Now, remember when David O. Russell was just another pariah in Hollywood, seen burning metaphorical bridges and fighting, literally, with actors? Well, he’s a legit Oscar contender now with American Hustle as his next chance at the big prize (after a run that included The Fighter and Silver Linings Playbook). Similarly, the Indiana Pacers would prefer it if you forgot about their troubled past (hello Malice at the Palace) and focused on their steady ascendency to the top. With their improved bench (Luis Scola is the Michael Pena of the NBA, just FYI) and another year of seasoning for its stars, Indiana figures to be in the mix for, at the very least, the eastern conference finals. Meanwhile, American Hustle brings in a cast of actors with established reputations (Bradley Cooper, Bale, again; Amy Adams, Jeremy Renner) and lets them go to work. Yes, Jennifer Lawrence is Lance Stephenson here. Just a crazy hot mess, I don’t care what you say.
Our next pairing has some fascinating cosmetic similarities and will probably end up in similar situations come next year. Let’s see: black and white look, a cast filled with wizened veterans, a central performer not known for pulling the dramatic weight. Are we talking about the Brooklyn Nets or Nebraska? Admittedly, this pairing is a tad off from perfect (since we burned through the only valid Mikhail Prokhorov analogue here by comparing Weinstein to Sterling; and Alexander Payne is a veteran director while Jason Kidd is a rookie coach), but come on, the second and third male leads are Bruce Dern and Stacy Keach. The Nets are counting on an aging Paul Pierce and Kevin Garnett. Will Forte, God love him, is going to try his best, but can he anchor the movie? Can some combination of Deron Williams, Joe Johnson and Brook Lopez get you to the Finals? Good luck.
We needed one more small market but serious contender to add to this list. Who is left, you ask? I am not ready to give up on the Oklahoma City Thunder. They still have superstar Kevin Durant, they’ll have the unfairly maligned Russell Westbrook back at full strength soon to whirlwind around the court, and Serge Ibaka can be a force. Sounds like a case for the Dallas Buyers Club. It’s got a big star in Matthew McConaughey, an unfairly maligned actor who is much better than people realize in Jared Leto, and Jennifer Garner can be a force. I’m not sure how much I trust Scott Brooks as coach and Jean-Marc Vallee as director, though. Both have produced some great work (60-win seasons and a trip the Finals, C.R.A.Z.Y. is one of the best Canadian films of the decade) but both haven’t done much since then.
Speaking of people who haven’t done much in awhile, I think we can all agree that we have been missing Derrick Rose in our lives. With his soft spoken demeanour and athletic intensity, the NBA is just better when Rose is around. And the Bulls are contenders when he rejoins his running mates Joakim Noah, Luol Deng and the newly installed Jimmy Butler. Similarly, Alfonso Cuaron has been gone for some time. He was responsible for creating some indelible images in the past (like Rose!) with his previous movies (Y Tu Mama Tambien; Children of Men) and now he’s back with Gravity. I can confirm the film to be deliriously life affirming, just like seeing Rose take flight in his return to the court to resume his campaign to win an NBA title. Much like Gravity‘s astronauts’ desperate fight for survival, the Bulls are a team clawing for the top spot (even if their respective narrative and scoring punch feel a bit flimsy). And, fittingly enough, both team and film have to deal with very loud bits of dead weight (re: orbiting space debris and Carlos Boozer).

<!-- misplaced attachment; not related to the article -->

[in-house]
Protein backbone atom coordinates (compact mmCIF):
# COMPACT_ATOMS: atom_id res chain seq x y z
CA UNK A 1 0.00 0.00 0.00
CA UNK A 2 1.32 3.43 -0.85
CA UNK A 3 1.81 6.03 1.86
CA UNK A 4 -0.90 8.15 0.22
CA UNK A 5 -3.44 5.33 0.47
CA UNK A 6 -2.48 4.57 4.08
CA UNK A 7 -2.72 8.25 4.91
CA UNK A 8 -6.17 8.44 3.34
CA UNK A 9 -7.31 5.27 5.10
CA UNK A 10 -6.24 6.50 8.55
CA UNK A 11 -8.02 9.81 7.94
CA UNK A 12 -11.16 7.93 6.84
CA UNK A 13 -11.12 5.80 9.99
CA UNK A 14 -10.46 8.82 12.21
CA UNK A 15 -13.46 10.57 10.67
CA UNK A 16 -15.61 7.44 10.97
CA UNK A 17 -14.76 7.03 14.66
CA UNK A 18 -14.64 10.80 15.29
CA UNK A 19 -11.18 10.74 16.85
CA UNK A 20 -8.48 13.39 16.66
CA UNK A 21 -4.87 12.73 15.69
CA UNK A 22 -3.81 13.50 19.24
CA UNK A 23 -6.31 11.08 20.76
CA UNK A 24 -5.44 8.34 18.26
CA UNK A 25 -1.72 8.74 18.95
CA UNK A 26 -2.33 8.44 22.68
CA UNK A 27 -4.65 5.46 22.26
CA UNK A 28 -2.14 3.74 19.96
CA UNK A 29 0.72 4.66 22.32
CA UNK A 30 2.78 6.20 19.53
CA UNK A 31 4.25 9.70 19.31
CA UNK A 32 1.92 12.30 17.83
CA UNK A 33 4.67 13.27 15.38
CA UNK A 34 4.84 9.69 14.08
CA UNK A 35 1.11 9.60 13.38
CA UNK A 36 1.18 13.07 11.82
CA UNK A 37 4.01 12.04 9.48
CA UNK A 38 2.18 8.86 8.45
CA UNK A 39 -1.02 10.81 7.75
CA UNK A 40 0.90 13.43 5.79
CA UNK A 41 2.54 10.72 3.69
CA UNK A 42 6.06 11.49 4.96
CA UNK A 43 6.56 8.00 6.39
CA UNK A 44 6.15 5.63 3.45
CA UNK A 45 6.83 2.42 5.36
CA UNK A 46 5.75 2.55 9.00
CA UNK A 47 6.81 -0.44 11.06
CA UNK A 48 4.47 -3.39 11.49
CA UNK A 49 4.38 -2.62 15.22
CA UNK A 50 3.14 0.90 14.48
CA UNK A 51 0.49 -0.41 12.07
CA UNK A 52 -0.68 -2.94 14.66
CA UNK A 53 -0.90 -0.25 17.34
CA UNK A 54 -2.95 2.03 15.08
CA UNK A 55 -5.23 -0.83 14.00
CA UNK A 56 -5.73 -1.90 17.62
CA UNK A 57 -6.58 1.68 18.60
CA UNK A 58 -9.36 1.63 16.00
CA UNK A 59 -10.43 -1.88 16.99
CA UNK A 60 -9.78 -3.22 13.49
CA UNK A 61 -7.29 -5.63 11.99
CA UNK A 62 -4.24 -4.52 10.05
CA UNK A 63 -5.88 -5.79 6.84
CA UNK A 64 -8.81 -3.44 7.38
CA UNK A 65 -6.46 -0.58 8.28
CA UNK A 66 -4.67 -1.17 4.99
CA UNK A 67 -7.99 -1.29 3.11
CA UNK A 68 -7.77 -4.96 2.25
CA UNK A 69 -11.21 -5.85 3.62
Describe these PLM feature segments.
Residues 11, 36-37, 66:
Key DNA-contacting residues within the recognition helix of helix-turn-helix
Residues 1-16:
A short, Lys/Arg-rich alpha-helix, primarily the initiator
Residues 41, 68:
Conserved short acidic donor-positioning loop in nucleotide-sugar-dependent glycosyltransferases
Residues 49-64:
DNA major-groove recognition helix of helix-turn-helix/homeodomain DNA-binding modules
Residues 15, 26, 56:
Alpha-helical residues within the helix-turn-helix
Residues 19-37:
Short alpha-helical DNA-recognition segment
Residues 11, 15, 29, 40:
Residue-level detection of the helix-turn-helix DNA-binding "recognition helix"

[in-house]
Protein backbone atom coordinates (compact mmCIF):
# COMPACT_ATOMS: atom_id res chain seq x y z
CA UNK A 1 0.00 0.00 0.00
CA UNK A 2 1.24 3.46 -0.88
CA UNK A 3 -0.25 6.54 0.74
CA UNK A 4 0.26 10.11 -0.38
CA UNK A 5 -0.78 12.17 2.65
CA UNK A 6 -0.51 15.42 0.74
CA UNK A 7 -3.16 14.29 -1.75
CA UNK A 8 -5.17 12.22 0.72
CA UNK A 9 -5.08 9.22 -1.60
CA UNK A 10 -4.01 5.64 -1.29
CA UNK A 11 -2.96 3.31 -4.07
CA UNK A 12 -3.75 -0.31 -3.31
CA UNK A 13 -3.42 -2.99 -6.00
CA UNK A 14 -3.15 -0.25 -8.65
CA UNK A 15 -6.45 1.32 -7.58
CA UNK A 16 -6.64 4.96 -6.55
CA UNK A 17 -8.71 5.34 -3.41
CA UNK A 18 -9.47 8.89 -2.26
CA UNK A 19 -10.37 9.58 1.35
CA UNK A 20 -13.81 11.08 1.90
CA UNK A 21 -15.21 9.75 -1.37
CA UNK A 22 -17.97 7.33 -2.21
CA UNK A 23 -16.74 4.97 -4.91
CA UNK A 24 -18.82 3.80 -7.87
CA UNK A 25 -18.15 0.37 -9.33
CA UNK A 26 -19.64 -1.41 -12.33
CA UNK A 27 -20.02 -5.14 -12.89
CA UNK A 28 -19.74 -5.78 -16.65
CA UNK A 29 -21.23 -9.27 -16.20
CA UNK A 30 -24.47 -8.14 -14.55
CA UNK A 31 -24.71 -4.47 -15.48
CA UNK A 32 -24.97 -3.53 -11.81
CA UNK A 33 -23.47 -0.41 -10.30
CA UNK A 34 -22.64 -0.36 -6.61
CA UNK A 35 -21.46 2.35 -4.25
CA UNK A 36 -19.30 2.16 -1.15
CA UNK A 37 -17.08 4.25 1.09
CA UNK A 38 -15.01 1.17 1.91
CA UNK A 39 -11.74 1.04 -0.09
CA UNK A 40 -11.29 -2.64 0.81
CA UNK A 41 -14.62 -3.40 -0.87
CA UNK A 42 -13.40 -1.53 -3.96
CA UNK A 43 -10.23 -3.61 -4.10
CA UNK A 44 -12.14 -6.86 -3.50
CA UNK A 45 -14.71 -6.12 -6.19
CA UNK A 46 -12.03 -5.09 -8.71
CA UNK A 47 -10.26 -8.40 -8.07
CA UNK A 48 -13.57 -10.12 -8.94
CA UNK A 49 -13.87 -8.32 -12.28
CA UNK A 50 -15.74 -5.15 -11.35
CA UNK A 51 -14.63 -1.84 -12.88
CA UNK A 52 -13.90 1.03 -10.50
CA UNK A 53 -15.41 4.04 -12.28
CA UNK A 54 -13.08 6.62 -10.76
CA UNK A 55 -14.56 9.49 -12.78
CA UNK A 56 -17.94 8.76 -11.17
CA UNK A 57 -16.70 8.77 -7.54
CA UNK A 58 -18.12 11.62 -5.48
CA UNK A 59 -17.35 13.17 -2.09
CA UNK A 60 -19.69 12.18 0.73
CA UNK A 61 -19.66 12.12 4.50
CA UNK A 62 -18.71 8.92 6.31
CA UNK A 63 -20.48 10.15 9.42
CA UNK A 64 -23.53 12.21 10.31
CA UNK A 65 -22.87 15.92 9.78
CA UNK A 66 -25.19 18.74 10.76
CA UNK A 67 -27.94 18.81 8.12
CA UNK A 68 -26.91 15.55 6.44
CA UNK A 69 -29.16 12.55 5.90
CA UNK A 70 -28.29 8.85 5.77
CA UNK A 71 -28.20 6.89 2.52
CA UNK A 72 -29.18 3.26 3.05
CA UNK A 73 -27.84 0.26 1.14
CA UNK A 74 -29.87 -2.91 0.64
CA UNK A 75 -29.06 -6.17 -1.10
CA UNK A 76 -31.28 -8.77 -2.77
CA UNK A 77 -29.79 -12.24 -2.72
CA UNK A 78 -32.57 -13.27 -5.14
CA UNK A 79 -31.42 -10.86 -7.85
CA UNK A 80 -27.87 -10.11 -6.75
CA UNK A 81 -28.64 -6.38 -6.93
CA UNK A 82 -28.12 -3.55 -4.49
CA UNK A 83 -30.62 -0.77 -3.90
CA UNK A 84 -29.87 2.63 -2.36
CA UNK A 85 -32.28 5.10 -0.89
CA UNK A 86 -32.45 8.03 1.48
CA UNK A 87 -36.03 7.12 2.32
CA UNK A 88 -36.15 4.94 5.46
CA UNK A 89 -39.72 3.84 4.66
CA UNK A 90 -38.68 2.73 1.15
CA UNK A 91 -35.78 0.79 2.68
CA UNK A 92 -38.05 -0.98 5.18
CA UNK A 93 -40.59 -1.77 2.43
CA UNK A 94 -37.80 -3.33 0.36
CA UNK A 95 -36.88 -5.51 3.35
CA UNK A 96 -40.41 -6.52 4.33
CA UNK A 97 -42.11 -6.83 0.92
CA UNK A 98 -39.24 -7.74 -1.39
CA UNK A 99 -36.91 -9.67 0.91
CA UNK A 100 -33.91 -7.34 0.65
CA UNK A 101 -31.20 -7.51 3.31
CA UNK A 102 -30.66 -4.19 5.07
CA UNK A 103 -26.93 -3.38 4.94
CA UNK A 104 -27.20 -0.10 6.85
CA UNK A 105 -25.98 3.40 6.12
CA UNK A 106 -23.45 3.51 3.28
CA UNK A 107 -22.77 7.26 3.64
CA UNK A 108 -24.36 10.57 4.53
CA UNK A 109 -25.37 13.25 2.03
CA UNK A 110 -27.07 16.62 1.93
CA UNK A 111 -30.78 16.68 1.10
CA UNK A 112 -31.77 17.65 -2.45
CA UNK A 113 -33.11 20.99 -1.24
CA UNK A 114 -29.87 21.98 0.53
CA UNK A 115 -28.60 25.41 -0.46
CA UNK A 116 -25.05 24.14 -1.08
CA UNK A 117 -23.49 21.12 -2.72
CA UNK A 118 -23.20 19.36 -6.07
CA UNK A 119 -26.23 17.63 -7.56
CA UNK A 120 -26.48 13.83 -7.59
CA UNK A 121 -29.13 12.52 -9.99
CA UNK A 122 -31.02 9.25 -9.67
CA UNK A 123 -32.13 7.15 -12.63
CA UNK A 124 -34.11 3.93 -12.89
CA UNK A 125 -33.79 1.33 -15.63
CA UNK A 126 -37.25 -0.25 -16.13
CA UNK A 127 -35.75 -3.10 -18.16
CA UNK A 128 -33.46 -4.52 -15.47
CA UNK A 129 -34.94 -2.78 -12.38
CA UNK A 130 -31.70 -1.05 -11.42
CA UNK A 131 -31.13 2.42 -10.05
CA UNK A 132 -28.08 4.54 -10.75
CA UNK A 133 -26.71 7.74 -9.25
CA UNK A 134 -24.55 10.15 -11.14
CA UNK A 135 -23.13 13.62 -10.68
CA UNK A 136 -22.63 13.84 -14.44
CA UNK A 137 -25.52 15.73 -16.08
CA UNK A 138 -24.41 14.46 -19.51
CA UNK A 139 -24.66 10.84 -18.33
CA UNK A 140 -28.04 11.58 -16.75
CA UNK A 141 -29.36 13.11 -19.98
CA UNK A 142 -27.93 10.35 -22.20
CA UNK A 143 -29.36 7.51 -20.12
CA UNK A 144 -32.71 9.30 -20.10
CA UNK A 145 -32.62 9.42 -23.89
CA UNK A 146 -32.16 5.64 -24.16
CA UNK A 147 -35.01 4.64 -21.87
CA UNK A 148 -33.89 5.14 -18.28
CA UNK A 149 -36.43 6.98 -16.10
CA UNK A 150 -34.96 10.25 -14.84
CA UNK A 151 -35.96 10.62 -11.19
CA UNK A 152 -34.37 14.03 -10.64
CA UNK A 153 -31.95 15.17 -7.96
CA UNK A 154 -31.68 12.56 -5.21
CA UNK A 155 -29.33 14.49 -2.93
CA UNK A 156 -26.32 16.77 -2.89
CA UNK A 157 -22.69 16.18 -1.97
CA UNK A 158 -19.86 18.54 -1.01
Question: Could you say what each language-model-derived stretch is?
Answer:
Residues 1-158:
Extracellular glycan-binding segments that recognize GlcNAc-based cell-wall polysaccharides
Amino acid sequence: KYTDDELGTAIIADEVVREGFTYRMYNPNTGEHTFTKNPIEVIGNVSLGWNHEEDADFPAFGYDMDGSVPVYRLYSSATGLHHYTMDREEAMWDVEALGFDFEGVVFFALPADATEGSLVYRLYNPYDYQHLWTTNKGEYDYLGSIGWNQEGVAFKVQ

The Big Time Finalists
And then there were two. They care not for your participation ribbons. These are the favourites.
Learning our lesson from last year, I’m not going to bet against the San Antonio Spurs for another chance at the title. Sure, Tim Duncan is a year older, and Manu Ginobili is aging in dog years, but they still have Tony Parker, Gregg Popovich is still directing the show and the supporting cast (Kawhi Leonard, Tiago Splitter, Marco Belinelli) is raring to go. So, who is the one man in Hollywood I don’t want to bet against? The guy who seems to get better with age to consistently prove the critics wrong? I was ready to answer George Clooney but then Monuments Men got pushed to 2014 and this paragraph fell apart. My fall back answer: Tom Hanks. With Captain Phillips and Saving Mr. Banks in the running, you’ll be hearing previous Oscar winner Hanks’ name mentioned again and again come March. Similarly, Duncan, the indefatigable and hugely likeable four time NBA champion, will once again be in contention come June. Saving Mr. Banks has the experienced, yet relatively self-effacing, Spurs-like cast (Emma Thompson, Paul Giamatti, Jason Schwartzman), while Captain Phillips provides an air of military professionalism (just like Air Force vet Popovich), a middle aged man’s heroic struggle (can the Spurs get their fifth title before Duncan and Manu retire?) and, um, an interesting understanding of international relations (the Spurs have tons of foreign born players).
Don’t worry; my work here is almost done.
Still, only one can win and despite heart-warming twin tales that include Duncan and Hanks, my pick for eventual champions are the Miami Heat and 12 Years a Slave. Yes, just a couple years removed from ignominy (the Heat getting embarrassed by the Mavericks; Shame not getting nominated for anything), both the Heat and 12 Years a Slave are poised to have tremendous seasons. In Slave’s favour are some of the best actors of this generation (Brad Pitt, Michael Fassbender, Chiwetel Ejiofor) and a steady young hand (Steve McQueen) directing. Similarly, the Heat have some of the best players of this generation (Lebron James, Dwyane Wade, Chris Bosh) and a steady young hand (Erik Spoelstra) running the show. 12 Years a Slave won the Audience Award at TIFF (an early signifier of success) while Miami is coming off two straight titles with the team largely unchanged (No Mike Miller, but he fit a little too comfortably into this scary southern analogy anyway). More important though is the subject matter, 12 Years a Slave tells the story of a free man kidnapped into bondage who spends 12 years trying to free himself. Now, I’ll tip toe around this point, but there is a comment to be made here regarding Lebron’s own (obscenely well paid) tour in Cleveland and the sweet release he could only find in the state of Florida. Did I just compare living in Cleveland to slavery? Let’s move on.
The Miami Heat are going to win the NBA title. 12 Years a Slave is going to win Best Picture at the Oscars. Call me crazy (seriously) but don’t come crying to me after my parlay wins big money.